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December 20, 2016 | The One-Eighty

A best-selling Canadian author of 14 books on economic trends, real estate, the financial crisis, personal finance strategies, taxation and politics. Nationally-known speaker and lecturer on macroeconomics, the housing market and investment techniques. He is a licensed Investment Advisor with a fee-based, no-commission Toronto-based practice serving clients across Canada.


It the last twelve months the average house in Toronto gained 20.3% in value. In Vancouver, where prices are now declining, the year/year advance was 20.3%. Meanwhile the Toronto stock market, in the same time, has swelled 21.01%.

This is more telling when you consider that since its low in February, Bay Street has surged 28%. In that same period of time the average Vancouver house has lost $200,000, or roughly 11% of its value.

Coincidence? Nah.

The environment between the last snow and this one has changed dramatically – in just ten months. February’s investors were in a serous funk, looking down the pipe, seeing a gruesome year developing. China was plopping. ISIS was killing. Commodities were plunging. Markets losing. Billions piling into bonds that were paying nothing. Or less than nothing. Just to be safe.

Oh yeah, and Vancouver houses were flying off the shelf, as they were in Toronto. The flight was on into real assets – bricks and mortar and even gold (now down $250 an ounce in the last five months). Doom, gloom and pessimism had most financial investors questioning their portfolios, while the smart ones were out selling bonds, buying equities and loading up on preferreds.

For most of the past eight years that this pathetic blog has unfortunately been alive, the world ‘s been in a no-growth, quasi-deflationary, low-rate, low-yield, low inflation, crappy mode. First we had the credit crisis, which scared the bejesus out of everyone. Then commodities crashed, spanking Alberta. Interest rates cratered as bankers tried to shock the economy back to life. And volatility swept over us, spiking with the 2011 realization the US might be, gasp, running out of money. (It wasn’t.)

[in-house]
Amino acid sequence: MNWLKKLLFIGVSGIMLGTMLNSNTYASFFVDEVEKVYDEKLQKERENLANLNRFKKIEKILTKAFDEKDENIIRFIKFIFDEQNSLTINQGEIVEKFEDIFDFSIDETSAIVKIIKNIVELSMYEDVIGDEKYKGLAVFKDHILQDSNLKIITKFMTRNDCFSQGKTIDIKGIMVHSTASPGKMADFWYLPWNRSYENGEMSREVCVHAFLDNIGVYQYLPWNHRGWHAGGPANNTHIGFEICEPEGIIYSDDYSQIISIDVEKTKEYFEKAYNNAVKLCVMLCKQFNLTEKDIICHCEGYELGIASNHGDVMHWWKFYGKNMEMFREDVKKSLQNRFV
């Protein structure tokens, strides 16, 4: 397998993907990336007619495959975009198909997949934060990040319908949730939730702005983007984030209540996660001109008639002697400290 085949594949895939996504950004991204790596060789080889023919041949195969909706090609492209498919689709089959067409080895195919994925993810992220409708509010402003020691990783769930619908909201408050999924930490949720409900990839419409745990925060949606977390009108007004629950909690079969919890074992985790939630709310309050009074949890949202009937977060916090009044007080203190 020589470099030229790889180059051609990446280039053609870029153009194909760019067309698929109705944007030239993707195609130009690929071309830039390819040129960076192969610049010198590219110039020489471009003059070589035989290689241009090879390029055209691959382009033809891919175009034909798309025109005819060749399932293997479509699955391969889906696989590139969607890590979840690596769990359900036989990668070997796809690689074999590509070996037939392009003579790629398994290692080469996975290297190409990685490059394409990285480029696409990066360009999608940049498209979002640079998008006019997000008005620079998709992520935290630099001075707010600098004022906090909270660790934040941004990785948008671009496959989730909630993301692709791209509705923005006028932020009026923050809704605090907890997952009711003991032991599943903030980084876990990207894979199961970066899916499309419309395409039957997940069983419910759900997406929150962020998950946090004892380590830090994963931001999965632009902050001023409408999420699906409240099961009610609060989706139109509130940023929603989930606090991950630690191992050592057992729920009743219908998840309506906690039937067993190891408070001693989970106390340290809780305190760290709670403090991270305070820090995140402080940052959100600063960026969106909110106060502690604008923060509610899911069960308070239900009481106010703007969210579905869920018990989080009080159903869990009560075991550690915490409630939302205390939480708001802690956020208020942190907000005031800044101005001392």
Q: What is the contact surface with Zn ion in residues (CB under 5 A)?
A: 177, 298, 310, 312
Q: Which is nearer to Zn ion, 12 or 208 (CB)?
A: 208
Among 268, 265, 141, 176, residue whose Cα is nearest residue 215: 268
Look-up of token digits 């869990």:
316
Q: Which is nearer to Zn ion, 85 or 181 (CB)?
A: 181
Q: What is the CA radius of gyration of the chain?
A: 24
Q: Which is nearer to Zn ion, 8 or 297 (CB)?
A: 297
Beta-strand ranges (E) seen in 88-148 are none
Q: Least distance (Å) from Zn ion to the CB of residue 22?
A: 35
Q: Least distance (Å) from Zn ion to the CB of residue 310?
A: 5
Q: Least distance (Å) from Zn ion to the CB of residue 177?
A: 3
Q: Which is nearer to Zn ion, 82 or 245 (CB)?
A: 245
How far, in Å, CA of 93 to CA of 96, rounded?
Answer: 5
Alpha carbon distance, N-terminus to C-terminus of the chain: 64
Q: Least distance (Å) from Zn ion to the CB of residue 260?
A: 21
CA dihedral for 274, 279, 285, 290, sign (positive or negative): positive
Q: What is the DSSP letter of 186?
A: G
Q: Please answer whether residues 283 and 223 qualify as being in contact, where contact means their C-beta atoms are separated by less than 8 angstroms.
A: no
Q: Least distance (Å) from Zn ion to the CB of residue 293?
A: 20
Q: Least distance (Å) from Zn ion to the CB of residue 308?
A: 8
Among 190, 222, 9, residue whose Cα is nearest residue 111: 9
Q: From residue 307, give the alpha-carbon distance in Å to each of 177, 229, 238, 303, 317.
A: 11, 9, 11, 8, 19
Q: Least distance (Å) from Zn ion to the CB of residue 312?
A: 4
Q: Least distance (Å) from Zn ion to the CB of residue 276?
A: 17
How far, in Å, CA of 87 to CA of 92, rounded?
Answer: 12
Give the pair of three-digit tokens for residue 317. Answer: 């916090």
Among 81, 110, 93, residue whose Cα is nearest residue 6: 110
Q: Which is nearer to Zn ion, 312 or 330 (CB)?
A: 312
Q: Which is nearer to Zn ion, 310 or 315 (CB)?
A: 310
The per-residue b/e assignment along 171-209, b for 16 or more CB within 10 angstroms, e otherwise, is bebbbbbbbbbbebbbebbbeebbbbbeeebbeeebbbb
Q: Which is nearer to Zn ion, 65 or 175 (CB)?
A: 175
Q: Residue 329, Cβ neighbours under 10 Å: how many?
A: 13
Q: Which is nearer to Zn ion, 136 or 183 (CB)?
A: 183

The expectations now have done a one-eighty. Markets expect governments to spend money building stuff, instead of buying bonds. Higher interest rates are being embraced as harbingers of robust economic growth. Lower taxes and fewer regs have corporations looking to boost revenues and profits. Stock markets are lifting in anticipation. And the lessening of competition that anti-globalization will bring (the next big event will be in France) means even more inflation.

The US economy has shifted into third gear. Unemployment’s at a nine-year low. Fifteen million jobs created in six years. Wages are rising. And a tighter-than-expected labour market could actually bring higher rates, faster, if a wage-price spiral starts to develop. Emperor Trump is expected to deliver more inflation, more deficits, more jobs, more stimulus, more pro-business conditions that should propel the Dow well past the 20,000 mark

Meanwhile preferreds, slagged here relentlessly when on sale and unloved, have surged 27% in price, while still delivering a fat dividend yield to investors. Real-return bonds, which rise with inflation (also dumped on by the macroeconomists in the steerage section) have broken ranks with other bonds and plumped nicely. Balanced portfolios are up double-digits after a year in which investors stared longingly at 1% brain-dead GICs or those ‘high-interest’ accounts offered by online Hungarian-Canadian Veterans’ Benevolent Agrarian Credit Unions in Manitoba.

So, in the bleak weeks, a balanced and diversified portfolio reduced volatility and preserved capital while markets suicided. During shocks like Brexit, rising bonds helped temper falling stocks. In the good times, the same assets in the same weightings have delivered a solid performance. In other words, if you build this thing correctly, ignore it completely, and stop reading useless blogs, you’ll be fine.

As for your house, well, not so much. Real estate feeds on cheap money, the flight of capital from financial assets and dumb Canadians thinking mortgages are “good debt.”

All three, so done.

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December 20th, 2016

Posted In: The Greater Fool

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